Guide to Returning to the Workplace

Guide to Returning to the Workplace

The COVID-19 pandemic has taught us many lessons about work, productivity, flexibility, and the value of office space. Companies are now taking what they have learned during this time and planning their transition from remote work to returning to the office, but the common question is: What is the best way to make it happen? 

The answer is not straightforward. Returning to the workplace may look different from company to company. Planning a successful transition back into the office is all about customizing your approach to your business specifically. Take a look at key factors such as employee preferences, regional guidelines, and the meaning and functionality of your physical office space moving forward to help you determine the best route.

Determine your approach

What does “back to the office” mean? There are various levels of returning to the workplace. Banks and many financial institutions are taking a full-on approach, with plans to have their employees return full-time to the office for those that have not already done so. Other companies are deciding on a hybrid approach where employees spend some days in the office and some at home. The hybrid approach provides a more flexible schedule that many employees are seeking while still offering an opportunity for connection and engagement in the workplace. 

“Companies must acknowledge that figuring out a hybrid working model will be a long-term project and require a significant period of testing and learning,” says Phil Ryan, Director, U.S. Office Research, JLL. Finding the ideal balance between remote and in-office work comes from both internal and external forces. Companies must be willing to adapt to their model to changing employee preferences and COVID-19 regulations in their area. 

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Consider Your Space

An increasing number of employees want to return to work, but many still desire flexibility. Flexibility goes beyond schedules. It also means providing an office environment that is flexible. Companies are working to develop a variety of spaces within their offices that cater to differing employee needs. This includes providing separate spaces for collaboration, independent work, and even relaxation.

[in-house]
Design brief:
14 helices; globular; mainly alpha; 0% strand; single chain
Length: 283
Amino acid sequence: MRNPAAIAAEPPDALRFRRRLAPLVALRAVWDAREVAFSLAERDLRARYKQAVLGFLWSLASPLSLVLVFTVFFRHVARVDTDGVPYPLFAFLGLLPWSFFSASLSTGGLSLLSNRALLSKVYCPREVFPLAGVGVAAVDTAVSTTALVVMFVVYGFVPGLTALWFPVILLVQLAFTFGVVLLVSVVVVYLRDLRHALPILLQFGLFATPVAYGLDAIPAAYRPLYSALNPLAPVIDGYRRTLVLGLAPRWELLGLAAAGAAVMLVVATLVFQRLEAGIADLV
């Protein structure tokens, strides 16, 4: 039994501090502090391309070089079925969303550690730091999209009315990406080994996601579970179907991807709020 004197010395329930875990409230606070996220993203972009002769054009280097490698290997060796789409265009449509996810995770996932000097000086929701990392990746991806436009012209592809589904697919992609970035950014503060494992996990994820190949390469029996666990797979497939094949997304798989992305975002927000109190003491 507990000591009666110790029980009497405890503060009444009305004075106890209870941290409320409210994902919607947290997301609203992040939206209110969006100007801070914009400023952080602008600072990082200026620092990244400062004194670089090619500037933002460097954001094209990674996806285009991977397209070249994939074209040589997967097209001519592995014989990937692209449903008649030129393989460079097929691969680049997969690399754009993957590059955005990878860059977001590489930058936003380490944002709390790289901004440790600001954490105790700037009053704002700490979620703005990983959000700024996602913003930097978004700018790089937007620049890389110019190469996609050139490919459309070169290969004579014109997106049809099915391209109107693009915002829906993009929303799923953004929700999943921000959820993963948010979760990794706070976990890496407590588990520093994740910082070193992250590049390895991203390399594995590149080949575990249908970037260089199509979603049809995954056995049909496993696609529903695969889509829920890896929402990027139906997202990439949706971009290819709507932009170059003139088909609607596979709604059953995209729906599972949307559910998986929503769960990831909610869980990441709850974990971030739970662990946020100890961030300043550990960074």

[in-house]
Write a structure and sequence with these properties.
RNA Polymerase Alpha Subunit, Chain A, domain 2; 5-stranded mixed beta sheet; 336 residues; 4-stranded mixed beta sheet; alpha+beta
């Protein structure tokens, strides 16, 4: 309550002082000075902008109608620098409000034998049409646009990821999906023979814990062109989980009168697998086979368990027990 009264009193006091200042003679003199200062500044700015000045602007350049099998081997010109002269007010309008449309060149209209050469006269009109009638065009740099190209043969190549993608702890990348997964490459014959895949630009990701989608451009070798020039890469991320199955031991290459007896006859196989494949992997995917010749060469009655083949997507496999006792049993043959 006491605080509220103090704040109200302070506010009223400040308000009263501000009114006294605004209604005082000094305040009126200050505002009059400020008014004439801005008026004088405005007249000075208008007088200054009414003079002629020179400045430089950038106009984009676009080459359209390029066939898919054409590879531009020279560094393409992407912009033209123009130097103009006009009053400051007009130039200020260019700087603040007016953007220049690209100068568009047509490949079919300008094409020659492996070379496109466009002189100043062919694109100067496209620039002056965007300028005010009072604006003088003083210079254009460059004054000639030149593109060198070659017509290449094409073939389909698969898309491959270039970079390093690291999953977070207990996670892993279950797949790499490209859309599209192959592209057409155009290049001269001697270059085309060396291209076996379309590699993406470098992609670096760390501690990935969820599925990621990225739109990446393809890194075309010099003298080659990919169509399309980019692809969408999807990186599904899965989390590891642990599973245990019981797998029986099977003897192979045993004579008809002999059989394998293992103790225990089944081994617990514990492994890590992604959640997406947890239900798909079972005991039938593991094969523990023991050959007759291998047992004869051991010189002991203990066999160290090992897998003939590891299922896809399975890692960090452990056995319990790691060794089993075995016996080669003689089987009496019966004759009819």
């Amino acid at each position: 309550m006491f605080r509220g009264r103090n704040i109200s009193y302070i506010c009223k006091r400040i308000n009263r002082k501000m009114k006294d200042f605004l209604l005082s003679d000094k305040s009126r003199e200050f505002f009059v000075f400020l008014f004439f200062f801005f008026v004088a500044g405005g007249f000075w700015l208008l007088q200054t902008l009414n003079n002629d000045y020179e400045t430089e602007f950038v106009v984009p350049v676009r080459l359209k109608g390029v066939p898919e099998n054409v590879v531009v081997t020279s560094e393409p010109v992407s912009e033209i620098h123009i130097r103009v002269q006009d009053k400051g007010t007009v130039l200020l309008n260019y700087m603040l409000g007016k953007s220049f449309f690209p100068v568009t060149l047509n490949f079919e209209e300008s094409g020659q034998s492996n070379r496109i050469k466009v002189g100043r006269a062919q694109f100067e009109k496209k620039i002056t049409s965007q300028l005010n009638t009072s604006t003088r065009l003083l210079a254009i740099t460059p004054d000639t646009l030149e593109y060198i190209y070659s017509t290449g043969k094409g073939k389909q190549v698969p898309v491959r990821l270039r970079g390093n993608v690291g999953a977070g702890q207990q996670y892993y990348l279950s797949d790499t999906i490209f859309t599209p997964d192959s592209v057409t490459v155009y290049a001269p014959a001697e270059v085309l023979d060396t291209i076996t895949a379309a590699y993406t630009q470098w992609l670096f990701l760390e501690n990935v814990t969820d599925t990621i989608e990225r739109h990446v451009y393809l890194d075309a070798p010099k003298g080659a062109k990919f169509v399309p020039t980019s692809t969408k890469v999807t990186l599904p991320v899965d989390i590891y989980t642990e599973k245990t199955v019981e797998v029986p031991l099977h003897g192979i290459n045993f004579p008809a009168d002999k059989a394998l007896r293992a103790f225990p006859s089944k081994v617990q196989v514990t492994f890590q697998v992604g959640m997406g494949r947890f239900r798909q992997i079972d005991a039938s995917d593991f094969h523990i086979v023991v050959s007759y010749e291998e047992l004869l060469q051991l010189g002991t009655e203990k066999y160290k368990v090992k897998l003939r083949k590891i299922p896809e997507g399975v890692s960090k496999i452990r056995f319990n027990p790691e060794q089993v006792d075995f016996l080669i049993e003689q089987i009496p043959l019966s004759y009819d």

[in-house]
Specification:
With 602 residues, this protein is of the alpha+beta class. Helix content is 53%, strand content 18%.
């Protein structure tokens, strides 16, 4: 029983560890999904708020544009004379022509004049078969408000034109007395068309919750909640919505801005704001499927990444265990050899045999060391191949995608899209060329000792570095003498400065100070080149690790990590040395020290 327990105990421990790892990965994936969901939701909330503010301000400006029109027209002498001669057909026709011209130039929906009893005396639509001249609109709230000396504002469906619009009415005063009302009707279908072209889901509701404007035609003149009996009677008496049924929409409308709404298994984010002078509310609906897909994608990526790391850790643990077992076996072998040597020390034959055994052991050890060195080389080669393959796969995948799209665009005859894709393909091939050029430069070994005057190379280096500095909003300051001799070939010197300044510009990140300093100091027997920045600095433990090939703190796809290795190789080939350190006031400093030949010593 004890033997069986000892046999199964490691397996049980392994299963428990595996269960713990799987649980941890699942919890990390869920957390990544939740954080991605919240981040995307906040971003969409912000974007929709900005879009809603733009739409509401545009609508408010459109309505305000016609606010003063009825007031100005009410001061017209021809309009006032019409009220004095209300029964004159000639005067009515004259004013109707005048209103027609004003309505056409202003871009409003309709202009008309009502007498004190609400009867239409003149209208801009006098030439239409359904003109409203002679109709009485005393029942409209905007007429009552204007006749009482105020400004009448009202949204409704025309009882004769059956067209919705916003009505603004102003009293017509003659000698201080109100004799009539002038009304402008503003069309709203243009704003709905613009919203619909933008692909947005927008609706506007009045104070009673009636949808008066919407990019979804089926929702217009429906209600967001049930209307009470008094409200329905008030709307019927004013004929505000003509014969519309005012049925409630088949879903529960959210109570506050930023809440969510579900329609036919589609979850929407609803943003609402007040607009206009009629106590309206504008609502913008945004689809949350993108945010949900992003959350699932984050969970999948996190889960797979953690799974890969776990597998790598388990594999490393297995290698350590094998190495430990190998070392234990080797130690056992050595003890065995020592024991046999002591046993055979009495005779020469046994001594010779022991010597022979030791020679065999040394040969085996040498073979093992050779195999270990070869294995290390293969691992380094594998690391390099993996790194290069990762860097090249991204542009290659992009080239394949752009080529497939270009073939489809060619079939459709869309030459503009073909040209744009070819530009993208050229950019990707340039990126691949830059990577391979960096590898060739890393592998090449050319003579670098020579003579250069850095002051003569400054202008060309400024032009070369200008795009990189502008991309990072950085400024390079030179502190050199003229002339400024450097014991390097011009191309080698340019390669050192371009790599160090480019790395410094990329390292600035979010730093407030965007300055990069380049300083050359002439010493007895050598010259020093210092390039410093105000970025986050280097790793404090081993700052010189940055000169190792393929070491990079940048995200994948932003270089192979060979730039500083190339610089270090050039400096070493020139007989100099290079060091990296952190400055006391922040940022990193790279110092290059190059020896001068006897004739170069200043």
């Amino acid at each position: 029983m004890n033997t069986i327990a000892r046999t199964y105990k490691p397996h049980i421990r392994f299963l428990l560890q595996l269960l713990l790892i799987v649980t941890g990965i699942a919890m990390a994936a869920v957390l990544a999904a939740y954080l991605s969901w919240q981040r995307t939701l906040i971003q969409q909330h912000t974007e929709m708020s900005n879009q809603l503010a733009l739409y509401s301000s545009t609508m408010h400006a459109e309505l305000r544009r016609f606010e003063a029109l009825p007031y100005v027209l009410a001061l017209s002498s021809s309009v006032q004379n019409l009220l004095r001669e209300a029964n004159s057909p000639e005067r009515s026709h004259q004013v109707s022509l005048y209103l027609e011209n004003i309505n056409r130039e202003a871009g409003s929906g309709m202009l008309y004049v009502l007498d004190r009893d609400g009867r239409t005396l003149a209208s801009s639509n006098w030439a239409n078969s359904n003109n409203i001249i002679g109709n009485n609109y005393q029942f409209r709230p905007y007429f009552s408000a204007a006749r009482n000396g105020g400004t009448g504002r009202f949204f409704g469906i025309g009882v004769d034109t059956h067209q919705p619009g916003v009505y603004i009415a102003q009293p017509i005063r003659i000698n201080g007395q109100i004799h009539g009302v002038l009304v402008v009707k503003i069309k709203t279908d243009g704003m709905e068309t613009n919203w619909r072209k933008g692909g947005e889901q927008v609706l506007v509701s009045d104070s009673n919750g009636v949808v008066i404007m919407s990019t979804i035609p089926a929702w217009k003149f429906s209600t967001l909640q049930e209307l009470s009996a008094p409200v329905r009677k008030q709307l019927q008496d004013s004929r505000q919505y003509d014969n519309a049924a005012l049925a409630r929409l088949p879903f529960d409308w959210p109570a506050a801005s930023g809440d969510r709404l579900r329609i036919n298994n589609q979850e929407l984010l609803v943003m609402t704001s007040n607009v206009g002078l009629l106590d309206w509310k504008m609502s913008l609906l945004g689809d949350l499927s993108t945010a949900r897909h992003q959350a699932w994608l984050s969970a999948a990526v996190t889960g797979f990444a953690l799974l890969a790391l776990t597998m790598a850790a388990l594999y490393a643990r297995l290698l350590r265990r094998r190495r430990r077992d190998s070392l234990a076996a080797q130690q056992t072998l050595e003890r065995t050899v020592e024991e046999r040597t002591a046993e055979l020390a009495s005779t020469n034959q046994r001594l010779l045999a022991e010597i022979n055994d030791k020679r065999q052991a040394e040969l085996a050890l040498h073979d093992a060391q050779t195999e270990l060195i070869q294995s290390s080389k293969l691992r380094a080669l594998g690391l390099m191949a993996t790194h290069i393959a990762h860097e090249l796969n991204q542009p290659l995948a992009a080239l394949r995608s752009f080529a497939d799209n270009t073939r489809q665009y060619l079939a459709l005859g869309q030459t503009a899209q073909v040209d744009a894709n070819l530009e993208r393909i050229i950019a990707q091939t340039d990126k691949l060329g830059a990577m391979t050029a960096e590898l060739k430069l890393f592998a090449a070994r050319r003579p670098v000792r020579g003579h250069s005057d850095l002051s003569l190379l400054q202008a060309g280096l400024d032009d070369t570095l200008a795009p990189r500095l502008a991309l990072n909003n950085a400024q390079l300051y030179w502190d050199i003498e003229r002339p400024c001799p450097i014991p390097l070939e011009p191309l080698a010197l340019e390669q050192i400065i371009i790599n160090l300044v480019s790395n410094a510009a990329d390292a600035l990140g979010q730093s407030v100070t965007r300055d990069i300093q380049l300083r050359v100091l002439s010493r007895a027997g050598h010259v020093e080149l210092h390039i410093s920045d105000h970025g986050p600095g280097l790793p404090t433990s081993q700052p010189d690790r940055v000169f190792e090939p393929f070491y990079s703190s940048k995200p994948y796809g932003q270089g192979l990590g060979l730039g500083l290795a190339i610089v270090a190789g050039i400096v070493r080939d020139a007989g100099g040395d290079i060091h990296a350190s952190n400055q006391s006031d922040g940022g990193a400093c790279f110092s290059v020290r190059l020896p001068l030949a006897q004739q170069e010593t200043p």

“We’re seeing landlords create their own flexible space or partner with flexible space operators to meet workforce demand and new working and living patterns,” says Hannah Sherwin, Head of EMEA Flex Advisory at JLL. What spaces would be valuable to your employees? This is the question employers must ask themselves in order to design an office space that not only functions well for productivity, but also is meaningful to those working in it. 

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Follow Regional Guidelines

Different regions and states have different COVID-19 protocols. With new information and the changing courses of the pandemic being presented frequently, it is important to consider how your return to work plan could adapt to a change in circumstances. Back in March of 2020, many employers had no choice but move to fully remote work in a very small time frame and many were unprepared for the shift. 

Creating a plan that allows for easy adaptation will not only help with changing protocols, but also offer you an opportunity to adjust your plan in the future for your company’s needs. 

Developing a return to work plan may take time, but considering the right factors and customizing them to your business can help make your transition smooth and provide both the employers and employees what they need for a meaningful work environment.

Building Strong Company Culture

Building a strong culture is an emerging topic among employers. With changing employee needs, company culture is more important than ever before for attracting and retaining employees.

Recruiting Top Talent

The pandemic has shifted what employees are seeking from their employers. In order to recruit top talent to your organization, it is important to understand what candidates are looking for and adapt your recruiting to showcase your company in a meaningful way. Let’s take a look at the steps you can take to prepare for the hiring process and make your organization stand out from the crowd.

Challenges with Remote Working

It is common to face challenges in the workplace from time to time, whether that is working on a tight deadline or finding a new way to approach a problem. When the physical workspace is removed from the equation, the current challenges remain and a new, unique set of challenges arise. These obstacles not only affect productivity, but also employee well-being in the long term. Understanding the challenges of remote work can help you identify how to create a return to office plan that will resolve the problems employees are facing.


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